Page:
Jan 11

Bruce The First Step

I’m glad the Mets will bring back Jay Bruce, but not satisfied. There are those applauding GM Sandy Alderson’s patience today for letting the market come back to him and there’s a degree of truth to that line of thinking.

BRUCE: That's the first step. (AP)

BRUCE: That’s the first step. (AP)

However, I’m not ready to jump on the Alderson bandwagon because Bruce isn’t nearly enough:

  • The Mets, because of David Wright’s uncertainty, need a third baseman. The market is ignoring Todd Frazier, so that’s a possibility, but how much will he cost? He’ll want at least three years at close to what Bruce is making.
  • They have the potential to have a solid bullpen, but another reliable late-inning arm would be helpful. As long as the Mets are in a reunion mode, Addison Reed is still available.
  • Hoping has always been a Mets’ strategy, and this time it is for the healthy returns of Matt Harvey, Steven Matz, Zack Wheeler and Noah Syndergaard. They won’t be perfect here, so another veteran arm will be needed.
  • Even if they fill all those voids, there’s still the matter of Yoenis Cespedes and Michael Conforto coming back from their injuries.

That’s a lot of things that need to happen for the Mets to become competitive again, but for now, I’ll just say cheers to Bruce.

Even the longest journies begin with a single step and Bruce is the first.


Jan 10

Bruce Agrees With Mets

I am pleasantly surprised, no, make that floored the Mets finally signed a free agent, and glad it was outfielder Jay Bruce. Primarily, because I didn’t want to see him traded in the first place.

Multiple media outlets reported Bruce agreed to terms on a three-year, $39-million contract. The deal is pending a physical and it is not immediately known if it contains a no-trade clause. Presumably, it does considering the Mets had previously dealt last year for minor league pitcher Ryder Ryan.

The Mets acquired Bruce, now 30, from Cincinnati in 2016. He struggled with the Mets initially but found his stroke in late September. I never bought into the nonsense that he was overwhelmed by New York, and proved that with 29 homers with the Mets before GM Sandy Alderson’s fire sale last season.

Bruce finished 2017 with a career-high 36 homers and 101 RBI in 146. He also hit two homers with four RBI in the AL Division Series.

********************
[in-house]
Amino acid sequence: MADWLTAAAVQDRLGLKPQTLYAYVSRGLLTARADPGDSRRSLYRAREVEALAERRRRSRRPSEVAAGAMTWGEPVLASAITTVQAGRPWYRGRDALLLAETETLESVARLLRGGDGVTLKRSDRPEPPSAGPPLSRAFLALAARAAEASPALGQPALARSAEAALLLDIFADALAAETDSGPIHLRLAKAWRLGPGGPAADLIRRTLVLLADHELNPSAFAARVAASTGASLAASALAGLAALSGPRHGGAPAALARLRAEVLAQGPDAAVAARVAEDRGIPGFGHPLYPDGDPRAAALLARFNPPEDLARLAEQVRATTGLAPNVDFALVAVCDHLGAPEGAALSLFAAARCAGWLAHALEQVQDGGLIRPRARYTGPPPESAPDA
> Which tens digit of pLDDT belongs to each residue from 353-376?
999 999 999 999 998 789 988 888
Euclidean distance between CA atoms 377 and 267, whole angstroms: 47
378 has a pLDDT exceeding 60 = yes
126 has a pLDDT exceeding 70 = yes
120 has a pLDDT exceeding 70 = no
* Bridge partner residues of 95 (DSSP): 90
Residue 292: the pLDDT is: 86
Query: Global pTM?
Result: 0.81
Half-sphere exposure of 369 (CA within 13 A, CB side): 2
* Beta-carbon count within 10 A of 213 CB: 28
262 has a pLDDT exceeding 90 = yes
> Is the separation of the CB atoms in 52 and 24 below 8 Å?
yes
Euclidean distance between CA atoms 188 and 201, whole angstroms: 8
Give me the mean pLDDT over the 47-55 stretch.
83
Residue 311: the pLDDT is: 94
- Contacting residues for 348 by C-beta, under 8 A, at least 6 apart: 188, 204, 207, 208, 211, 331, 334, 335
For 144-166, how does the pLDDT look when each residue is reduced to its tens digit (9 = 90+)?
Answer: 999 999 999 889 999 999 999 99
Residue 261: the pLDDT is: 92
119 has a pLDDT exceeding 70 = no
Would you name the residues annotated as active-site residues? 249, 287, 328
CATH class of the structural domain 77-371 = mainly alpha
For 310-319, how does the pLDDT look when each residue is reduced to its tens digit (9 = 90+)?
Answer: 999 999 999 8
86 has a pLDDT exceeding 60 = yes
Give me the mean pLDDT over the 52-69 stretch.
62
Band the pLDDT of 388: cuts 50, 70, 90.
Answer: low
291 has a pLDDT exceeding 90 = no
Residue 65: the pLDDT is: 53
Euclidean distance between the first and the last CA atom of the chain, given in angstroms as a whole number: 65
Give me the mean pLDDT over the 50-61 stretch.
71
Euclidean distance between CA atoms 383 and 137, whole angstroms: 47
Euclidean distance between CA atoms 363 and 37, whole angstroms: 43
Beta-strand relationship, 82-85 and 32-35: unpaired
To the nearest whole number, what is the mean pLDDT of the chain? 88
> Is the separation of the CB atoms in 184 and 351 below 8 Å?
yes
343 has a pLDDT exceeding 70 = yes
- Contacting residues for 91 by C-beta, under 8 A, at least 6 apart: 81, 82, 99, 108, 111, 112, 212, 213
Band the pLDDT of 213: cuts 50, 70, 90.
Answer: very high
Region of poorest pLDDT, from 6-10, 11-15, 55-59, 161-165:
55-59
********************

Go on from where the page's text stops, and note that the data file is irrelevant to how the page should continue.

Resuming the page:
I’ve always liked Bruce, but don’t think he’ll make the Mets appreciably better unless they are willing to make additional moves. Bruce is scheduled to make $13 million this year, which is only slightly more than the $10 million they were reportedly believed to have budgeted for 2018.

Initial speculation had Bruce seeking $80 million over four years, but there was little interest outside of the Mets, who as of last week hadn’t made an offer. Outside of familiarity, also tipping the needle in favor of the Mets is willingness to play first base in case things don’t pan out with Dominic Smith.

With Yoenis Cespedes and Michael Conforto recovering from injuries, the outfield is considered to be a need.

Jan 09

What About Jose Reyes?

The Mets already have an idea of what will happen with David Wright‘s comeback. We know they won’t shell out big free-agent bucks for Mike Moustakas, or even lesser bucks for Todd Frazier. T.J. Rivera‘s health is a question and the Mets have nothing waiting in the minor leagues.

The Mets have a hole at third, and also one at second if something happens to Asdrubal Cabrera.

So, what about Jose Reyes?

He played well in spots in his return, has shown a willingness to play third and second, and of course, he can spell Amed Rosario at shortstop if necessary. He still has speed but doesn’t run as much as he did in his younger days. He won’t cost the Mets a lot of money, and his price tag won’t touch the $10 million they reportedly have available to spend.

Reyes has been a model citizen since rejoining the Mets, and has professed a desire to stay with the team. So, what’s the delay? The only conclusion I can think of is GM Sandy Alderson wants to squeeze every dollar from Reyes, or whomever he might sign this winter.


Jan 08

This Is What I Hope For From The Mets